Landfill tries to dump some problems | TheUnion.com
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Landfill tries to dump some problems

Living near the Nevada County dump may never be trouble-free, but its neighbors heard progress Thursday on some long-standing problems.

At a meeting of the Solid and Hazardous Waste Commission, the neighbors learned county officials are dealing with noise, litter, traffic and pollution issues.

The dump is officially known as the McCourtney Road Transfer Station and is located about five miles outside of Grass Valley.



“The place needs a lot of cleaning up,” said commission member and Supervisor Hank Weston. “It’s not a nice place, but we should give extra effort to get the thing cleaned up.”

Commissioners said a tear in a cover over an old, filled part of the landfill will be fixed before the rainy season. The repair would prevent groundwater pollution, which has occurred in the past and prompted some neighbors to drink bottled water.




Area resident and former county Supervisor Rene Antonson wanted to make sure Hansen Bros., of Grass Valley, were certified to handle the repairs. But commission members could not confirm that.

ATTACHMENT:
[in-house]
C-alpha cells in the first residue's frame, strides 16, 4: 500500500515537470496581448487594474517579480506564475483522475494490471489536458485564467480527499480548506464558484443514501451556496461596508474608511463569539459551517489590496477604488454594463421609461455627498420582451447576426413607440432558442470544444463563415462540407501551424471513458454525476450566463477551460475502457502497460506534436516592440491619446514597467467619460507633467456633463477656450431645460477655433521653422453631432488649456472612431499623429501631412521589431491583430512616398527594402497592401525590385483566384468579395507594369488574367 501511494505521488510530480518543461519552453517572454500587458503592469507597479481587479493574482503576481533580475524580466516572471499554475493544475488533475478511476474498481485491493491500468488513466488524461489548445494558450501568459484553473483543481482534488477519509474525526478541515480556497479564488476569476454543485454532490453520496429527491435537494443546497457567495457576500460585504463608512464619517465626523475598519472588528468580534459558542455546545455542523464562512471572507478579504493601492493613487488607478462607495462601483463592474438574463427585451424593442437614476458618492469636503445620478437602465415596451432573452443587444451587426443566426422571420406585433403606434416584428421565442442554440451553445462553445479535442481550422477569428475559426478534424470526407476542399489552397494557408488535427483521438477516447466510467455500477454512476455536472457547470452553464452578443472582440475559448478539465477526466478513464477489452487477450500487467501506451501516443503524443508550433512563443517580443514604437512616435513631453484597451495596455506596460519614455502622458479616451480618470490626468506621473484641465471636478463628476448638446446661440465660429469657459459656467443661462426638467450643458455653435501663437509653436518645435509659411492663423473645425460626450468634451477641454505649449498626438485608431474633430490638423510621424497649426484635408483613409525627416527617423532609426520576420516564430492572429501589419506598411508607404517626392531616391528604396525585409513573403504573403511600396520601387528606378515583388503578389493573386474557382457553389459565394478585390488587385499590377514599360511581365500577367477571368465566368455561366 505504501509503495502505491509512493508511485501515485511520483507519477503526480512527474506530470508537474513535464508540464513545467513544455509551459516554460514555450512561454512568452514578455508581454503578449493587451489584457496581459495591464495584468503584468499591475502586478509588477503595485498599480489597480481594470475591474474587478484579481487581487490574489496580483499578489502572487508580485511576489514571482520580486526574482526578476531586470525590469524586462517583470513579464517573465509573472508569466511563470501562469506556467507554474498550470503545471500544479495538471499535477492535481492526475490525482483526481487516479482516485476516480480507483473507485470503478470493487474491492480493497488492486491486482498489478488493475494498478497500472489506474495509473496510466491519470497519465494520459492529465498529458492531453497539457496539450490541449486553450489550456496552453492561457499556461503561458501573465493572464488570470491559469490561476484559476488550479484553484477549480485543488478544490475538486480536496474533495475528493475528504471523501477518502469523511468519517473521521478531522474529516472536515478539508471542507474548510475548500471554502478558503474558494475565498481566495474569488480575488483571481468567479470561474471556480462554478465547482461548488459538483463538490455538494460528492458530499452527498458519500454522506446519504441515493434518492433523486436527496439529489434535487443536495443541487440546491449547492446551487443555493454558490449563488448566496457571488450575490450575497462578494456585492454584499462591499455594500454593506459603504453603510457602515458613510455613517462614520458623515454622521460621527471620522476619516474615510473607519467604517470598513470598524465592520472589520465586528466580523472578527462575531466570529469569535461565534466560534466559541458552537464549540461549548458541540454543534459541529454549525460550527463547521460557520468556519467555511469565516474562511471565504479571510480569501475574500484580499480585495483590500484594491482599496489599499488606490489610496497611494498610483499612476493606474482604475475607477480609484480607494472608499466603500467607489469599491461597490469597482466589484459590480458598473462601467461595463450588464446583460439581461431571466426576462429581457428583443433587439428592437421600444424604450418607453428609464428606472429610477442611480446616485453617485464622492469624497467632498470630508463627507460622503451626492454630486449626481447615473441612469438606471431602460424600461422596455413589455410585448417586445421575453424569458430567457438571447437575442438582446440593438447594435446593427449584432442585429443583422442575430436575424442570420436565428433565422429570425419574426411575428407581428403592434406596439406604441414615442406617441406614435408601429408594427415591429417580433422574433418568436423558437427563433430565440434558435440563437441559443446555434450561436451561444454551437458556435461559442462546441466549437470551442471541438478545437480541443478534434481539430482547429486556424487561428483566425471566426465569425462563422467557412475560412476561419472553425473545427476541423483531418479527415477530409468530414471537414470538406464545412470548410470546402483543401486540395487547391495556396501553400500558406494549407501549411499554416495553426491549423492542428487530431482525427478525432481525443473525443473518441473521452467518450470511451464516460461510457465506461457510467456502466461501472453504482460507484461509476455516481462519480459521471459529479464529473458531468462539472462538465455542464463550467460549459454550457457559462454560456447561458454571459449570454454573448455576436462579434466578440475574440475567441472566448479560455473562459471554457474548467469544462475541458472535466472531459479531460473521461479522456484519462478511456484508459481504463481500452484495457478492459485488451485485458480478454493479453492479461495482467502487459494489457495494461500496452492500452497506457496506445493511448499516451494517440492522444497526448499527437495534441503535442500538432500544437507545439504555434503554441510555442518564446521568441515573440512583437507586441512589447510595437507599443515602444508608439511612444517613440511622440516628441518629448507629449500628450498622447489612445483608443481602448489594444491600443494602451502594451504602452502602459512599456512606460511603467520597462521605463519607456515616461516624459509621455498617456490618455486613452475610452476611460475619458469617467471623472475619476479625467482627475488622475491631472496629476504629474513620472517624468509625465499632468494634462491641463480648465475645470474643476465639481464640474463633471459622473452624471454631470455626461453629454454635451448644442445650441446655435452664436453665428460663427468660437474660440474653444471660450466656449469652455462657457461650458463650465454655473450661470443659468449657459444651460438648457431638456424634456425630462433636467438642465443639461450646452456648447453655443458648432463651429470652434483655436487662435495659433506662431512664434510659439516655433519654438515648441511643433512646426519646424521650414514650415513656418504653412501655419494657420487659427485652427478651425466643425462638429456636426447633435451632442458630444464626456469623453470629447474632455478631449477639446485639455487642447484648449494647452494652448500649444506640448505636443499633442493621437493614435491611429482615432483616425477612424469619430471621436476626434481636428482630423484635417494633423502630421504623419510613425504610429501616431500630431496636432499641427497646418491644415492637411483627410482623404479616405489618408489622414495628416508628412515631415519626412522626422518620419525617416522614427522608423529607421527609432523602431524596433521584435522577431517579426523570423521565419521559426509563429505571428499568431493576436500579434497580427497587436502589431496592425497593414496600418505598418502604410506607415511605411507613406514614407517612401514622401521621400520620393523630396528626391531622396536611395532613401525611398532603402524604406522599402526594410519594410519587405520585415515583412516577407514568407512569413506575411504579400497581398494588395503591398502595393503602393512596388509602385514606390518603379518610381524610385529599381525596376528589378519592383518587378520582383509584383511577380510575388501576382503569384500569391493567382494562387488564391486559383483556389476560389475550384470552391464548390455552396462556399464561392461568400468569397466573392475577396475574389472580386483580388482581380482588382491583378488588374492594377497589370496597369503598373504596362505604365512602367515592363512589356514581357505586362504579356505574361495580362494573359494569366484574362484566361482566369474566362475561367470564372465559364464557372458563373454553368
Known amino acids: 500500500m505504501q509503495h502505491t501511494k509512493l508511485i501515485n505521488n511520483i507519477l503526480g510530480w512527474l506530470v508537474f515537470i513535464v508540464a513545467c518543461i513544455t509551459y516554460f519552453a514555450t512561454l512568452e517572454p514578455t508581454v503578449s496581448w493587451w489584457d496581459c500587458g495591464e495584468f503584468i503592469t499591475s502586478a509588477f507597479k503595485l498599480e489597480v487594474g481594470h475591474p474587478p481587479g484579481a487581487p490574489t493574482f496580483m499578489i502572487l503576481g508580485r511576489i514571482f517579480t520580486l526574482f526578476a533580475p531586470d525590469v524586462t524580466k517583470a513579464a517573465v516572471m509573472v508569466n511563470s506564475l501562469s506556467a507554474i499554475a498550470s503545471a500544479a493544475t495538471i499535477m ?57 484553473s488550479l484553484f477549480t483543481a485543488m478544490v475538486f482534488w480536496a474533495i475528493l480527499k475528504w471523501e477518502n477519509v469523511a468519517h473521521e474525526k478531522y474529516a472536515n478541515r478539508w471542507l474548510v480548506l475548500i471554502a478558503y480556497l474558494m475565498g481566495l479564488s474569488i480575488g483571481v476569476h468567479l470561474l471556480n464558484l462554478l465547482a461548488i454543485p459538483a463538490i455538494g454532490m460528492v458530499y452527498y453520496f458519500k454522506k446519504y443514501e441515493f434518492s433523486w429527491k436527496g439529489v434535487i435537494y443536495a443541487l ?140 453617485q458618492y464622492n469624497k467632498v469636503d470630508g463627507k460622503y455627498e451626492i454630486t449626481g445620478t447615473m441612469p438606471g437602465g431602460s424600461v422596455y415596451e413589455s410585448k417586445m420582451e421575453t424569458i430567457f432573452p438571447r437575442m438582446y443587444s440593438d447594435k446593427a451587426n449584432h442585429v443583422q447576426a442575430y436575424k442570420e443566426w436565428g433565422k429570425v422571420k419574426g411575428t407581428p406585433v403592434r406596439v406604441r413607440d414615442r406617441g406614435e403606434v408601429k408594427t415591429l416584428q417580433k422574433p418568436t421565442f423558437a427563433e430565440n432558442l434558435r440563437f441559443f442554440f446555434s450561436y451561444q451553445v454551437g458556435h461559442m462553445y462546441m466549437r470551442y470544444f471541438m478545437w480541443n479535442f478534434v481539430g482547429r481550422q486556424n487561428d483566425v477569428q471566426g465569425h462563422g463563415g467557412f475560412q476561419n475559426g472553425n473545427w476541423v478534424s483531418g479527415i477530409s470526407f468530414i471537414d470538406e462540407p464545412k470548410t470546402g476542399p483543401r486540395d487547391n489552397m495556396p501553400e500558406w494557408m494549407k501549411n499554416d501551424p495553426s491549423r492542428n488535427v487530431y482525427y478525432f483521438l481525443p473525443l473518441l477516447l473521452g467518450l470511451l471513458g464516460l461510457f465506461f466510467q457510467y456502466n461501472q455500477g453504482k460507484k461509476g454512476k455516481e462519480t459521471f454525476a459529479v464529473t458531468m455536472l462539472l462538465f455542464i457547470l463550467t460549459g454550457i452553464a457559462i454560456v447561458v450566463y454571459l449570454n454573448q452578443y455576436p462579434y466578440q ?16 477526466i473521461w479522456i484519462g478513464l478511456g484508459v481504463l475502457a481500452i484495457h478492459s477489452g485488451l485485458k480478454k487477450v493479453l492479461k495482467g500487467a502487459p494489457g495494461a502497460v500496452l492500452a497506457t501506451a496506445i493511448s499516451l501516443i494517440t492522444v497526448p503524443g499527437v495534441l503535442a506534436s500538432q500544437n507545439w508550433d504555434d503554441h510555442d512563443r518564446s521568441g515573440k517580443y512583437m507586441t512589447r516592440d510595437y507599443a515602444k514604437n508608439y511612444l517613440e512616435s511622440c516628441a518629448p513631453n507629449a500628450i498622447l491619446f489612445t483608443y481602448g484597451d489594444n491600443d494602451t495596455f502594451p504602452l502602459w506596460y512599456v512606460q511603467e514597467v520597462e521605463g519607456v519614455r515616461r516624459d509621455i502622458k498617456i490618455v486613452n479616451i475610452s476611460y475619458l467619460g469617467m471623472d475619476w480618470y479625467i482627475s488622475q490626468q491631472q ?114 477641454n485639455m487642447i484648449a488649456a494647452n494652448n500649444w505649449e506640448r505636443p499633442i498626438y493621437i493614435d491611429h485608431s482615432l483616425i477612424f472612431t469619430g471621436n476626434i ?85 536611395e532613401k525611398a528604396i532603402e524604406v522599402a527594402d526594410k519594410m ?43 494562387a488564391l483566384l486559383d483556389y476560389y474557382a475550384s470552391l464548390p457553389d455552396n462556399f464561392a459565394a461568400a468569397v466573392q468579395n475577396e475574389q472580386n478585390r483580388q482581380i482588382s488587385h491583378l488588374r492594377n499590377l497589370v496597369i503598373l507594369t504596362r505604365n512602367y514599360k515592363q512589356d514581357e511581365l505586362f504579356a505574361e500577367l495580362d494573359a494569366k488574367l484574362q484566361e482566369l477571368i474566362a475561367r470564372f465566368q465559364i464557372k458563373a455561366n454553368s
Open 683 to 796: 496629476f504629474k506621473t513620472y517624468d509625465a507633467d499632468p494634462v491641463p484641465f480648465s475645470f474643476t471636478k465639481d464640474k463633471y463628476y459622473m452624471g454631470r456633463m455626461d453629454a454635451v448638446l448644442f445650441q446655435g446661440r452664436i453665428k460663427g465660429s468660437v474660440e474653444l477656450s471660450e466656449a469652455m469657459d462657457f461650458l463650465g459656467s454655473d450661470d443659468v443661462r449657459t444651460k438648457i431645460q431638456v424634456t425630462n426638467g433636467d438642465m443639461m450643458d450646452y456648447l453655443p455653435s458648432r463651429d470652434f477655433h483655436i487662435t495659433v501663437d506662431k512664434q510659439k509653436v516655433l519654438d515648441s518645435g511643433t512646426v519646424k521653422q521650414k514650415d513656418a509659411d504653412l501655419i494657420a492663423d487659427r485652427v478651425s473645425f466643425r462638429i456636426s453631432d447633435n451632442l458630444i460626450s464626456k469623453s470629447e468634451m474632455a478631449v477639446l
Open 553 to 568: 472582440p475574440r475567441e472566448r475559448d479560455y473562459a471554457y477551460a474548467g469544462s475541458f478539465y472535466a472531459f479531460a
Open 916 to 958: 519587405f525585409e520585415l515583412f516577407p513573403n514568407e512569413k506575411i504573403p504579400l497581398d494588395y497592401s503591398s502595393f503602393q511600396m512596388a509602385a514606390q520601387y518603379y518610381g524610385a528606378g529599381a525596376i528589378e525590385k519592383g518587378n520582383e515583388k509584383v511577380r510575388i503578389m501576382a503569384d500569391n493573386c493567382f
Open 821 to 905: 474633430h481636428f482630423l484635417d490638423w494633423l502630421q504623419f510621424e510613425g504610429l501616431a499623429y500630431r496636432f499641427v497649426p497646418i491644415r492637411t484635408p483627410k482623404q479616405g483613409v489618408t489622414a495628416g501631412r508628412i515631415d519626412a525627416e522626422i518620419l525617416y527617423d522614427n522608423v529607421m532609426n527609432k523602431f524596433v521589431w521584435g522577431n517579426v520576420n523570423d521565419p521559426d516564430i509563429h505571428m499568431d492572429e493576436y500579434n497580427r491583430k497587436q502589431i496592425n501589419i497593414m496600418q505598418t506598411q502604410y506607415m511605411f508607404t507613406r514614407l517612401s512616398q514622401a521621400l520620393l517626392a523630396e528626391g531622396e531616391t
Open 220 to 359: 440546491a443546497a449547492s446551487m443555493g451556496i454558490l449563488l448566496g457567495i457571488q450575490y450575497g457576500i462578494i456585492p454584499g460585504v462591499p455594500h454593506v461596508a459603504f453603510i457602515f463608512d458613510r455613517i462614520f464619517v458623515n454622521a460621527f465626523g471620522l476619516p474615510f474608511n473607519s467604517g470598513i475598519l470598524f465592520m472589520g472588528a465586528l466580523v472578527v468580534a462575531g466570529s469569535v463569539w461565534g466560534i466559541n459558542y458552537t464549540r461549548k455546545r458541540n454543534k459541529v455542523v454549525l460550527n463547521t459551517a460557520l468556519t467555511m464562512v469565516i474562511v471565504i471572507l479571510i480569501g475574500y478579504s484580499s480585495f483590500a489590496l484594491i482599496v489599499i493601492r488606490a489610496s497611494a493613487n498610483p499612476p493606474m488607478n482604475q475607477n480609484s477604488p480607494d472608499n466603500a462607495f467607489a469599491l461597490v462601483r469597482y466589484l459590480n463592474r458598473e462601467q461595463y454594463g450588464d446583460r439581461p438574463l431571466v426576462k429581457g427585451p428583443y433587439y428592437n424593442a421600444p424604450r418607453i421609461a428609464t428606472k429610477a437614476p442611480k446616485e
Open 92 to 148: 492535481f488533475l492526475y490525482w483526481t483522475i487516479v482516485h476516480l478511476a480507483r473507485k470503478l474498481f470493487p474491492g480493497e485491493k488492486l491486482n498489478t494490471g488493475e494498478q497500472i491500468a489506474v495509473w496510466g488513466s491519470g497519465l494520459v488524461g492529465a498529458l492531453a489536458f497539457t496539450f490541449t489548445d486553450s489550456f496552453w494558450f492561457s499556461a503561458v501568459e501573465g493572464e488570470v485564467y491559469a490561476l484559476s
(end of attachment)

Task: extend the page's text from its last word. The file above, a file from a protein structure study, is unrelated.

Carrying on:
Hansen Bros. Construction Manager Larry Peterson told The Union after the meeting the firm is certified and can legally handle hazardous waste.

Noise levels recently came down after locks were changed at the landfill, according to Nick Zaninovich, the county’s sanitation department director.

That stopped dumpers with keys from getting into the station prior to its 8 a.m. daily start, Zaninovich said. That pleased the neighbors in the audience, who said loud operations often started by 5:30 a.m. three to four days a week before the lock change.

Litter is picked up along the dump’s fence line every day, according to Steve Porter, the county’s solid waste manager. But the facility was not put in the right place to combat winds, and when they’re high, workers can’t track down all the trash.

A new ordinance that demands all dump loads be covered after Dec. 31 will stop a lot of the current litter problem along McCourtney Road, commissioners said.

They also sent letters to the sheriff’s office and the California Highway Patrol asking for more load cover and speeding enforcement along McCourtney Road.

Commissioners also agreed to do a better job communicating with the neighbors about upcoming meetings and dump decisions.

That will be done with postcards to 1,500 residences in a two-mile radius of the dump, a hotline for complaints and information, and periodic neighborhood meetings, they added.

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To contact Senior Staff Writer Dave Moller, e-mail davem@theunion.com or call 477-4237.


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